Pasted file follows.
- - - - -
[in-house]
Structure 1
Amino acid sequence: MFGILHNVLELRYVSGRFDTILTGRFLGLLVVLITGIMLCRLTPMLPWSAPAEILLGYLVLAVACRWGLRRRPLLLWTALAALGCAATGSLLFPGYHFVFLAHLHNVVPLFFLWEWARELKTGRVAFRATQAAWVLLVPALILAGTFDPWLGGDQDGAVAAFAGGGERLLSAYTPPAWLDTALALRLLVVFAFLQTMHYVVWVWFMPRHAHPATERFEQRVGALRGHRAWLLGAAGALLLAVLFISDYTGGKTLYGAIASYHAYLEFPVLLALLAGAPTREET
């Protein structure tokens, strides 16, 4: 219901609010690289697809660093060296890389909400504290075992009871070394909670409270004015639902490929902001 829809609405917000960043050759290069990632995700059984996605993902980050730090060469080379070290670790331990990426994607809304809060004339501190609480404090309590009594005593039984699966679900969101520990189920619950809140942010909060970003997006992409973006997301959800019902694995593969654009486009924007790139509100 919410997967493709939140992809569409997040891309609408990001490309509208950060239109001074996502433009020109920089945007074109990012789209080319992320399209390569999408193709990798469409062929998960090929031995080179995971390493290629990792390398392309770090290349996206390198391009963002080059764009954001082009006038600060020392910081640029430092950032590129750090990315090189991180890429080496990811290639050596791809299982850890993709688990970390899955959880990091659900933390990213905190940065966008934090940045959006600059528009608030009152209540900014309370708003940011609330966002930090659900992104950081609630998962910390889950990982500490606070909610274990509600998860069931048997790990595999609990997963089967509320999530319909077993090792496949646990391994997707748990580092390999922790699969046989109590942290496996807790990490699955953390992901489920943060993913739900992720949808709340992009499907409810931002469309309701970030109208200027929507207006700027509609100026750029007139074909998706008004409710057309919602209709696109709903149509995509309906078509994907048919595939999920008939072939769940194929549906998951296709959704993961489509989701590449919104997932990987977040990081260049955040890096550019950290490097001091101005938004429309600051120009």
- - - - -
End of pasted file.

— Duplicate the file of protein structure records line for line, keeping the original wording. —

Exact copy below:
[in-house]
Structure 1
Amino acid sequence: MFGILHNVLELRYVSGRFDTILTGRFLGLLVVLITGIMLCRLTPMLPWSAPAEILLGYLVLAVACRWGLRRRPLLLWTALAALGCAATGSLLFPGYHFVFLAHLHNVVPLFFLWEWARELKTGRVAFRATQAAWVLLVPALILAGTFDPWLGGDQDGAVAAFAGGGERLLSAYTPPAWLDTALALRLLVVFAFLQTMHYVVWVWFMPRHAHPATERFEQRVGALRGHRAWLLGAAGALLLAVLFISDYTGGKTLYGAIASYHAYLEFPVLLALLAGAPTREET
């Protein structure tokens, strides 16, 4: 219901609010690289697809660093060296890389909400504290075992009871070394909670409270004015639902490929902001 829809609405917000960043050759290069990632995700059984996605993902980050730090060469080379070290670790331990990426994607809304809060004339501190609480404090309590009594005593039984699966679900969101520990189920619950809140942010909060970003997006992409973006997301959800019902694995593969654009486009924007790139509100 919410997967493709939140992809569409997040891309609408990001490309509208950060239109001074996502433009020109920089945007074109990012789209080319992320399209390569999408193709990798469409062929998960090929031995080179995971390493290629990792390398392309770090290349996206390198391009963002080059764009954001082009006038600060020392910081640029430092950032590129750090990315090189991180890429080496990811290639050596791809299982850890993709688990970390899955959880990091659900933390990213905190940065966008934090940045959006600059528009608030009152209540900014309370708003940011609330966002930090659900992104950081609630998962910390889950990982500490606070909610274990509600998860069931048997790990595999609990997963089967509320999530319909077993090792496949646990391994997707748990580092390999922790699969046989109590942290496996807790990490699955953390992901489920943060993913739900992720949808709340992009499907409810931002469309309701970030109208200027929507207006700027509609100026750029007139074909998706008004409710057309919602209709696109709903149509995509309906078509994907048919595939999920008939072939769940194929549906998951296709959704993961489509989701590449919104997932990987977040990081260049955040890096550019950290490097001091101005938004429309600051120009």